Royal Penguin – Eudyptes schlegeli
Eudyptes Genus – Crested penguins
Height: 25-27 in.
Weight: 9-18.0 lb.
Life expectancy in the wild: 12 years.
Approximated Population: 2.1 Million
Population tendency: Stable
IUCN Conservation Status: NT
The colorful crest of this species makes it visually attractive and one of the most beautiful. These penguins have a short and thick beak that is orange and have a pink, calloused area on both sides of its base. Around the beak, forehead and above the eyes, they have some yellow feathers that clearly contrast. Their crest has orange, yellow and black feathers that spread from the forehead to the back of the head. Although their plume is similar to the Macaroni’s they are easily recognizable because the have white face while the Macaroni’s is black.
From the face area to the edge of their legs they have white plumage while the back is all black. The legs are light pink, and their claws are beige.
Where do they live?
Their habitat includes vegetation, soil, mud, and large green areas. Principal colonies are on Macquarie Island, Bishop, and Clerk Islands in Australia. Some lost individuals reach the Falkland Islands, South Georgia, and the South Sandwich Islands.
Skills and Food
Skilled swimmers, they can reach six mph although usually travel at four mph. Diving is performed during the day from 7:00 hrs to 18:00 hrs.
Royal penguins are migratory birds that besides the breeding season they leave the colonies and move away to some regions of the ocean.
Their diet is based 50% on krill, but they complement it with lantern fish and squid. The entire population of Royal penguins consumes up to 90 million prey during a year according to rough calculations. Some colonies located on Macquarie Island, eat different food according to the availability of their habitat.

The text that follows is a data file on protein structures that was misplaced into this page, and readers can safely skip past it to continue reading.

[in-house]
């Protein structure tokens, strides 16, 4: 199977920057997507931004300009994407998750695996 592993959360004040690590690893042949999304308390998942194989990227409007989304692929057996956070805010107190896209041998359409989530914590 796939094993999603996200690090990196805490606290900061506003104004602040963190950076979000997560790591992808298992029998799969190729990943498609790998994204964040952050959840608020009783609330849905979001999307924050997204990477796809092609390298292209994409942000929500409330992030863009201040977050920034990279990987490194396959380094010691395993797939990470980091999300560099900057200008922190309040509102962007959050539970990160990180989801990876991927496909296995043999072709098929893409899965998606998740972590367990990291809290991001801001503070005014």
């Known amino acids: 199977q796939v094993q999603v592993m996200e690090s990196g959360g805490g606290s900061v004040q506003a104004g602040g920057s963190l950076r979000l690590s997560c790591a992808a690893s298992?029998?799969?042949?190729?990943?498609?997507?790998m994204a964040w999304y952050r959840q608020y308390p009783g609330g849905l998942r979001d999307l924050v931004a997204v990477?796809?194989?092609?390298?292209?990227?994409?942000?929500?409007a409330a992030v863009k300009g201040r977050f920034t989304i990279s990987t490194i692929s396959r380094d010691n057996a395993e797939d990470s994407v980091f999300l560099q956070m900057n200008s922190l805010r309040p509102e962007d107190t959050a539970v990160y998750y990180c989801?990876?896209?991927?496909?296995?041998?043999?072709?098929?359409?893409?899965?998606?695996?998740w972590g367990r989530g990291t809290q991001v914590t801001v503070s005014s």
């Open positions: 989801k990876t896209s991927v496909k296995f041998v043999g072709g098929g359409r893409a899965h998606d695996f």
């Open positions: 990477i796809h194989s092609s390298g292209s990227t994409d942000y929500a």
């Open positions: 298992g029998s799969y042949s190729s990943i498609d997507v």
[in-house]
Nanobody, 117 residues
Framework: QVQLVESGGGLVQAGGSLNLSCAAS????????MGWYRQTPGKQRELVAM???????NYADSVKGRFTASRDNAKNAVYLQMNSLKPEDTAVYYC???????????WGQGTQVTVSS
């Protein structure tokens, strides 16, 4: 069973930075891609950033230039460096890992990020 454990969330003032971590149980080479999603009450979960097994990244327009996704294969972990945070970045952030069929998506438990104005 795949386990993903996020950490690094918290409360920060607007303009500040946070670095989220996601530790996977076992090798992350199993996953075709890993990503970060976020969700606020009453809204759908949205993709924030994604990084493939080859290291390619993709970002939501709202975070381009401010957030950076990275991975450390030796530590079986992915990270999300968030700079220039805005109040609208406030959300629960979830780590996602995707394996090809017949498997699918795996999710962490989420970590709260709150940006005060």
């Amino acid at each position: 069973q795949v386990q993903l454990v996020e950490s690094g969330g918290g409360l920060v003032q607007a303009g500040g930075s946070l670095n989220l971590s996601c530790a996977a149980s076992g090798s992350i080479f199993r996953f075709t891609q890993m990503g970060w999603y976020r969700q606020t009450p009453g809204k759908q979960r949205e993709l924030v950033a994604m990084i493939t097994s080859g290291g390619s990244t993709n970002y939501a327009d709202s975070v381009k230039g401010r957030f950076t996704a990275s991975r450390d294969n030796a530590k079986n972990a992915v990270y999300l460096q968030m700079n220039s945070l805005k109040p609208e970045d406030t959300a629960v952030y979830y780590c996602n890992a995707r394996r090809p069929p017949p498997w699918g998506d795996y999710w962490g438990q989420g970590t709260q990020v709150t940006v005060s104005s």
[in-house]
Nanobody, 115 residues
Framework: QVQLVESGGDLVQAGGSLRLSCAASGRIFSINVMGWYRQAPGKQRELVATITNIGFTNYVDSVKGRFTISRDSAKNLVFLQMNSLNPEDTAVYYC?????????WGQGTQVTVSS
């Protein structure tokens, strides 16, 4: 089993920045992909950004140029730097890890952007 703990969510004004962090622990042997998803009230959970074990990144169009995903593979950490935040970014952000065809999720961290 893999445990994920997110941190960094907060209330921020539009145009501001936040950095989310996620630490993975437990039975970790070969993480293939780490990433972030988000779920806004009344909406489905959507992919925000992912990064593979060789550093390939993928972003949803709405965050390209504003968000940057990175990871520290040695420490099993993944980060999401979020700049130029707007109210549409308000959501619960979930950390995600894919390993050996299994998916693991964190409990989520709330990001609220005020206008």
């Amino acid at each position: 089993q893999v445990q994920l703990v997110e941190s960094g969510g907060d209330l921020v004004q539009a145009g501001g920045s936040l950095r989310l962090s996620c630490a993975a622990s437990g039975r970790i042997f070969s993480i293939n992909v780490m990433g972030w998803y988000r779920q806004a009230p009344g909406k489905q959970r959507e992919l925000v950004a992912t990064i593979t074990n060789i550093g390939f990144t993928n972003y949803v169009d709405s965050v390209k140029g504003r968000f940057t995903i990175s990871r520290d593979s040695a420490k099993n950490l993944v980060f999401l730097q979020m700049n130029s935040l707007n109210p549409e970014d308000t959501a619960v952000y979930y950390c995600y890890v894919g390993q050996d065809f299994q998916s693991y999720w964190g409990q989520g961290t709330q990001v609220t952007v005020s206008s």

The pre-molt trip made to get as much food as possible, gets them the energy needed to stand the molting process. This trip lasts five weeks and can help them increase their weight up to 6.6 pounds. Finally, they wait patiently for a month on land while the change from old to new feathers completes.
Sexual maturity: Over a year.
Incubation period: 30 to 40 days.
Normal clutch: Two eggs.
They are monogamous and highly synchronized in the reproductive stage.
Males arrive before to the colonies and build nests with rocks and some vegetation. Females arrive in early October and by the end of that month lay two eggs, but only one of them survives.
The success rate for the survival of the eggs is the lowest of all penguin species and predation decrease the odds even more.
The second egg is laid four to six days after the first one and usually, the chick hatching from the second egg is the one that successfully grows.
Once born, the hatchling is protected and fed by both parents. After 70 days, it can leave the nest and start his independent life.
Rats and skuas are the main predators of chicks and eggs.
However, human activity is their principal threat as the disturbance caused by tourists, and people reduces, even more, their chances of survival. Marine pollution, especially plastics, kills a large number of penguins each year.
Diseases and the increasing effects of climate change on the food supply are major concerns for the survival of this species especially because they could get even worse with time.
Royal penguin range map
Salomon, David. Penguin-pedia, photographs and facts from one man’s search for the penguins pf the world. Brown Books. 2011.
Garcia Borboroglu, Pablo. Penguins: Natural History and Conservation. University of Washington Press, 2015.
BioExpedition Publishing © 2017.